Caption: This is what recycling should look like: Clean, dry, and the right items.
When we recycle, we want what goes into our blue recycling bin to be recycled. However, sometimes a whole recycling load can be lost due to contamination. This contamination happens when dirty or unaccepted items end up in the bin. Sometimes recycling can be sorted out, but food waste often attracts rodents, cords and plastic bags tangle the machines, and too much trash cannot be separated out.
“Recycling contamination is an issue because it inhibits our move to a more circular economy - where items we use can be reused or repurposed – and results in more items ending up in the landfill that don’t need to be there,” said South Central Solid Waste Recycle Education Coordinator Brandi Misquez.
Here are some of the most common recycling contaminants seen at the Amador Transfer Station:
- Set it free so it can be recycled easily: Bagged recycling cannot be sorted and often goes to waste. Plastic bags and other soft plastic wrapping cause problems by wrapping around machinery at the recycling facility. Think: plastic grocery bags, zip lock bags, produce bags, bubble wrap, and any flexible wrap that food items may come in.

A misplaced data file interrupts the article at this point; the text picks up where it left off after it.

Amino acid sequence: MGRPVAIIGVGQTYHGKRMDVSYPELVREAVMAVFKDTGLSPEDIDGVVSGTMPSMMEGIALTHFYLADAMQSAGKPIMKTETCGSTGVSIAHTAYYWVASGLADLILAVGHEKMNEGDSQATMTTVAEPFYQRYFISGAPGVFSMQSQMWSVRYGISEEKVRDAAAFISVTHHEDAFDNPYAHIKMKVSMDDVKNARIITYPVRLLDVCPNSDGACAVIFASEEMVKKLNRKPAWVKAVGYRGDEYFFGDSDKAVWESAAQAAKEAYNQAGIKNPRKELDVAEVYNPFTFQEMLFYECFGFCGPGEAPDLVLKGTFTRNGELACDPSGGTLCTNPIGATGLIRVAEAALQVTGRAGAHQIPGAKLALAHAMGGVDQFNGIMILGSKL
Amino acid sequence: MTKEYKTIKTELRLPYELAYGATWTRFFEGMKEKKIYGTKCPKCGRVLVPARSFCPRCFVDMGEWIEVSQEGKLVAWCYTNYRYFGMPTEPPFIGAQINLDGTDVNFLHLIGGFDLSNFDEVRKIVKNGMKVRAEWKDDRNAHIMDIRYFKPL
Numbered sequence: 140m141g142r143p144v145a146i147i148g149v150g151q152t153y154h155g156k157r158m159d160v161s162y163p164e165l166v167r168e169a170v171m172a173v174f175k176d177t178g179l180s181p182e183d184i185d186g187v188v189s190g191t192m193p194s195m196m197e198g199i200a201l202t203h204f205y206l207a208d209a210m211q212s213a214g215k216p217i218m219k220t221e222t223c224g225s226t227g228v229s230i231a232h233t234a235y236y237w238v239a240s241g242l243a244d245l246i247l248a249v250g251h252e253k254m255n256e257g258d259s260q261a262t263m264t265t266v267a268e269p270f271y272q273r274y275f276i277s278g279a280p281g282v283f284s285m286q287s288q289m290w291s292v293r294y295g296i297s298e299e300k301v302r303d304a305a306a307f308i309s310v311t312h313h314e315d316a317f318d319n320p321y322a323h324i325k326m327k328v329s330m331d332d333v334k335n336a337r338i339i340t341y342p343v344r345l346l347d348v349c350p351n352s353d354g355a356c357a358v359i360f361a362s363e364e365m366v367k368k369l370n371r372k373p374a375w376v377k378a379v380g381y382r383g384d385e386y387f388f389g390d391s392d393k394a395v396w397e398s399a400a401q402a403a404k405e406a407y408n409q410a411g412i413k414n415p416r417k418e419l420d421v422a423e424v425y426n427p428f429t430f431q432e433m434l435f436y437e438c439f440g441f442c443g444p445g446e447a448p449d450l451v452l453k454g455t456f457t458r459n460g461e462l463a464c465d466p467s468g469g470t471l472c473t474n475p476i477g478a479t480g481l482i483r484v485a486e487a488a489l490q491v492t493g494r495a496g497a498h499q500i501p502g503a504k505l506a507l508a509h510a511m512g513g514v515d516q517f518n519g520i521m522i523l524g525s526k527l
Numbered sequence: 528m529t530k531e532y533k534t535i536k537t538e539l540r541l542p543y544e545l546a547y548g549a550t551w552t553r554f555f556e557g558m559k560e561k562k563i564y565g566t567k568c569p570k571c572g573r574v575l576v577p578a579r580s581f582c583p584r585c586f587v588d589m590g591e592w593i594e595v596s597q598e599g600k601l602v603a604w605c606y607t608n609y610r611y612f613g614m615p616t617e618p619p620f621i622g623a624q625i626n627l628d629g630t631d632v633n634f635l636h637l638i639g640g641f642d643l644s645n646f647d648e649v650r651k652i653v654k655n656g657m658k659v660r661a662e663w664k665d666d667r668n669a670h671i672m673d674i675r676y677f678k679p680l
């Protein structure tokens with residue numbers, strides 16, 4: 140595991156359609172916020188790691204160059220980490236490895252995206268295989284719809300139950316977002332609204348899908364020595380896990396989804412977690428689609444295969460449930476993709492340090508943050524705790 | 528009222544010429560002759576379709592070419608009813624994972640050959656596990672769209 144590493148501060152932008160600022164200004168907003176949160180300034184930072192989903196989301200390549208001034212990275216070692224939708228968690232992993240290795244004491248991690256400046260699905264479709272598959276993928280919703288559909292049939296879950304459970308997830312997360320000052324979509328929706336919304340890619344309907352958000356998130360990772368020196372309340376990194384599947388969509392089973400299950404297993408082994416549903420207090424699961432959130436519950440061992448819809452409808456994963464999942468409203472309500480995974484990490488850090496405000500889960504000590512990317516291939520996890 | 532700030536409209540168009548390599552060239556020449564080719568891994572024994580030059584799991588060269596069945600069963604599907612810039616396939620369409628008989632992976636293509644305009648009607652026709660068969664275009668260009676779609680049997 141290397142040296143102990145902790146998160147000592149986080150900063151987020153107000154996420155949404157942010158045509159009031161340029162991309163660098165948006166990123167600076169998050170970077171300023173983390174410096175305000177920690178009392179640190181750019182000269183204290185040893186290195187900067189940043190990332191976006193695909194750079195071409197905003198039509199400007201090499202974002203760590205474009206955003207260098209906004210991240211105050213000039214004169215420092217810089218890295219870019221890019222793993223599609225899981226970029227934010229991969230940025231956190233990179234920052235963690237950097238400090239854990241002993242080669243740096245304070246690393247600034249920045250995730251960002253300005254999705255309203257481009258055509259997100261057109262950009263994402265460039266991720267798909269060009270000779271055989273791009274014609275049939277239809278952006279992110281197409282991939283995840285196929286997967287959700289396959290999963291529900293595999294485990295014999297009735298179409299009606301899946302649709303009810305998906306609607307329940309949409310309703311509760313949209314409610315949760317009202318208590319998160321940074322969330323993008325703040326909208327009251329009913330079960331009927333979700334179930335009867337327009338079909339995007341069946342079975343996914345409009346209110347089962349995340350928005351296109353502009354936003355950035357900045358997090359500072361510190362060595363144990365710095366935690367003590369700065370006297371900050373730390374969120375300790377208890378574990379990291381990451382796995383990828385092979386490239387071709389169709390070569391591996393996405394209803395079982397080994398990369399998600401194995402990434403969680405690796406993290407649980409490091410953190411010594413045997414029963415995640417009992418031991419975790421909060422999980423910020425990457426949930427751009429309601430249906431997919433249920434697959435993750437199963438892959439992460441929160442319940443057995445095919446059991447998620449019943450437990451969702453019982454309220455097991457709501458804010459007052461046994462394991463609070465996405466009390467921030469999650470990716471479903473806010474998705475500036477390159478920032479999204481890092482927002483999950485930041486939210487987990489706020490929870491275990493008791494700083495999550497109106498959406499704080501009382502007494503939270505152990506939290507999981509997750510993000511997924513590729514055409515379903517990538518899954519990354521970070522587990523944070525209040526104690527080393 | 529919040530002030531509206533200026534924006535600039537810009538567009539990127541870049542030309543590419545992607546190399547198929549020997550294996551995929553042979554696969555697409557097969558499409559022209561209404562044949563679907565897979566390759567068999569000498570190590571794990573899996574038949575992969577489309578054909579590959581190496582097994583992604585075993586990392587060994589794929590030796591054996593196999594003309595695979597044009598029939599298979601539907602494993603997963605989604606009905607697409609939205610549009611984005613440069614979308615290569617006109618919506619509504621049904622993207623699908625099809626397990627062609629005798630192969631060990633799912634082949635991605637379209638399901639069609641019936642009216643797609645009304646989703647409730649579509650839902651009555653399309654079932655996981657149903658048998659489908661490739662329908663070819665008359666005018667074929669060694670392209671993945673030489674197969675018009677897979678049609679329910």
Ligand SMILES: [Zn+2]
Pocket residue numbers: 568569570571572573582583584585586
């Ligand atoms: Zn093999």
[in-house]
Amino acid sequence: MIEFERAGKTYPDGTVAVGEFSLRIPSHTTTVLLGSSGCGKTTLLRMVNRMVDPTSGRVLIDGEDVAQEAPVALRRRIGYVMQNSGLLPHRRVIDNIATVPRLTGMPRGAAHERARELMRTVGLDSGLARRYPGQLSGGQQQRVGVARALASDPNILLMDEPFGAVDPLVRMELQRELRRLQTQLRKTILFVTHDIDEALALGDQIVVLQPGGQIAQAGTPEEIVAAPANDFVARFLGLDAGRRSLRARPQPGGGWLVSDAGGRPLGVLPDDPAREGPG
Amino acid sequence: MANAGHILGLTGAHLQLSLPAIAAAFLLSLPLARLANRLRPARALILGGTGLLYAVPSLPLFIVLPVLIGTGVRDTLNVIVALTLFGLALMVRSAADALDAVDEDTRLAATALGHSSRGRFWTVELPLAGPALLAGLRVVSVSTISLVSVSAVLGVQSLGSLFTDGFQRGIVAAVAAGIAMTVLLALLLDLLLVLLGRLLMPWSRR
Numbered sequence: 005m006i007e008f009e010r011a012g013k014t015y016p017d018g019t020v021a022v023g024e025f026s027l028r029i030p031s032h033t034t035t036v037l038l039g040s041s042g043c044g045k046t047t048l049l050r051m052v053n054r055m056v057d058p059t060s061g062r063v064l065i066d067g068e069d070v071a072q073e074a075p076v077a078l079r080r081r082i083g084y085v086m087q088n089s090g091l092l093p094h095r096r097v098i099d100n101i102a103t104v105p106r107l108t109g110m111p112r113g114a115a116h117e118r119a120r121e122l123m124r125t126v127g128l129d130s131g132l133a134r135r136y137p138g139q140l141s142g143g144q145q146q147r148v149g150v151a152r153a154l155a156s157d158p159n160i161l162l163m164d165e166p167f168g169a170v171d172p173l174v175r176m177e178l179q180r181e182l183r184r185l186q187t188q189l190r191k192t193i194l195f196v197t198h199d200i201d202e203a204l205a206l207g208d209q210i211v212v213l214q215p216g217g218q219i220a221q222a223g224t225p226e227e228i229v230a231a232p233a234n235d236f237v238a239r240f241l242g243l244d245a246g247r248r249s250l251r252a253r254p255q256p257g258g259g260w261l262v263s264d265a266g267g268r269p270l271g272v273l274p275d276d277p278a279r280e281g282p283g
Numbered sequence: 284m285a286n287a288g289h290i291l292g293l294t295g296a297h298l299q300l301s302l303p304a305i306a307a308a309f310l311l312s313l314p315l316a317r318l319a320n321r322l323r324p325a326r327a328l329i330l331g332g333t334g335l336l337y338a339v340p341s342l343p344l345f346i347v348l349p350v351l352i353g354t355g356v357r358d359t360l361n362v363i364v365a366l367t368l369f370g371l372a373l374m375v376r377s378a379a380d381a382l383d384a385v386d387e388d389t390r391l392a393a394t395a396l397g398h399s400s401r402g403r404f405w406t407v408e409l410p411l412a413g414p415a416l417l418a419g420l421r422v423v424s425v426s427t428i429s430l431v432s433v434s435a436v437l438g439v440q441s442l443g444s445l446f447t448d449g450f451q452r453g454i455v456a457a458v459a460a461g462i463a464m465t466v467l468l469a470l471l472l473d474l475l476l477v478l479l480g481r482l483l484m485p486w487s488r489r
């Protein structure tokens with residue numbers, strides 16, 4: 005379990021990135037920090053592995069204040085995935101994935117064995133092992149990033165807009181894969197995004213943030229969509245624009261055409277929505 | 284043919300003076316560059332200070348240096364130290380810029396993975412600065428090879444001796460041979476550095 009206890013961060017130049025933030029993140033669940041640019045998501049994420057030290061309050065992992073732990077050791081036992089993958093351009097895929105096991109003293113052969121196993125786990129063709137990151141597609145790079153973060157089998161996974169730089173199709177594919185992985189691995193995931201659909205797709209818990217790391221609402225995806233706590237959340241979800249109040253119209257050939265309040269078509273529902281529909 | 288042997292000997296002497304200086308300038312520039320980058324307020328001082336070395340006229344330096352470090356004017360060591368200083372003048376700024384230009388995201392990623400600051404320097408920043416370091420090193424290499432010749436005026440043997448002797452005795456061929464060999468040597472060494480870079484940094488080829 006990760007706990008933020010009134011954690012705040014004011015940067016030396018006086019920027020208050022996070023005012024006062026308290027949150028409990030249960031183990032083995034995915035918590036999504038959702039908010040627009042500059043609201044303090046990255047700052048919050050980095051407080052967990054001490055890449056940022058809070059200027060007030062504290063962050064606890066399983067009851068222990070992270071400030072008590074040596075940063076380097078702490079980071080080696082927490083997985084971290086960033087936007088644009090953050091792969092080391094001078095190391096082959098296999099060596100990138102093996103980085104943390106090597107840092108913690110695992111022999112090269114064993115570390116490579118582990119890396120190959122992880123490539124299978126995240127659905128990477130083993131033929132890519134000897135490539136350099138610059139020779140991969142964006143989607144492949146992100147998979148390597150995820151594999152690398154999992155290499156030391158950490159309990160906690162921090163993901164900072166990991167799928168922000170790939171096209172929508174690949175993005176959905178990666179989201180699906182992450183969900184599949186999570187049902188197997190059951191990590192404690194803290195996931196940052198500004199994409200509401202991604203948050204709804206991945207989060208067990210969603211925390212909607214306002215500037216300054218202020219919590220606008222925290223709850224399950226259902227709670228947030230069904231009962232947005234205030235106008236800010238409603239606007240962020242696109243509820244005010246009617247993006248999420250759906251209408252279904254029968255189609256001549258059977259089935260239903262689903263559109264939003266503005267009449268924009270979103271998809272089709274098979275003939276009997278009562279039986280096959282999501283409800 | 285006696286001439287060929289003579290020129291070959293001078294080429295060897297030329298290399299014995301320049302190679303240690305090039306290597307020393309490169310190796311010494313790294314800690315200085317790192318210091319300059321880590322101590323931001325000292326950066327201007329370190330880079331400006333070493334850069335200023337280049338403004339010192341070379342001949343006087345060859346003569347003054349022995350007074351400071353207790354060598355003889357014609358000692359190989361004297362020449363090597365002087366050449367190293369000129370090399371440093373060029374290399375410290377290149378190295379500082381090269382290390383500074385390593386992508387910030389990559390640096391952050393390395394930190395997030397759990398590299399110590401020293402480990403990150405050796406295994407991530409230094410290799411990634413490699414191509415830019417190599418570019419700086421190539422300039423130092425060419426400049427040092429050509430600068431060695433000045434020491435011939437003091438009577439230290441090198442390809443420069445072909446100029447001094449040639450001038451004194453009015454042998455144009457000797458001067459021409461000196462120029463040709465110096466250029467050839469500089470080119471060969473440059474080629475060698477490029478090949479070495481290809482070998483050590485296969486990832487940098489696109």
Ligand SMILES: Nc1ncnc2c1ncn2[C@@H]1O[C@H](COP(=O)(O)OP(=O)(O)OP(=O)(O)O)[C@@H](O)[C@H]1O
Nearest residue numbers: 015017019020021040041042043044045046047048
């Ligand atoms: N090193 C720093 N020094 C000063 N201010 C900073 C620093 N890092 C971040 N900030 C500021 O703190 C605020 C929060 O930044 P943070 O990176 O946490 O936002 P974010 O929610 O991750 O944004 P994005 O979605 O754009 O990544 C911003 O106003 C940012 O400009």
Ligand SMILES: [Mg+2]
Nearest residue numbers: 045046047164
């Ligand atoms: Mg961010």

- Paper towels, napkins, paper plates, paper cups, and tissues: These items can be composted but not recycled.
- Tanglers: Water hoses, wires, chains, and electronic cords. Like plastic bags, these items jam recycling machinery and create hazards for sorters.
- Styrofoam packaging: Think to-go containers and packing peanuts commonly used in moving boxes. Since Styrofoam cannot be recycled and is not biodegradable, it is best to avoid using this whenever possible.
- Food and liquids: Recycling must be rinsed, cleaned, and dry.
- Pizza boxes: It’s surprising because while the hard cardboard might seem perfect, the grease contaminates it making it non-recyclable.
“It’s time that we all take an active role and do everything we can to reduce the impact on our planet,” said Misquez. “Recycling correctly is as important as doing it in the first place.”
South Central Solid Waste Authority manages solid waste and recyclables for residents and businesses throughout Doña Ana County. Contact SCSWA at (575) 528-3800 or visit www.SCSWA.net.
By: Cassie McClure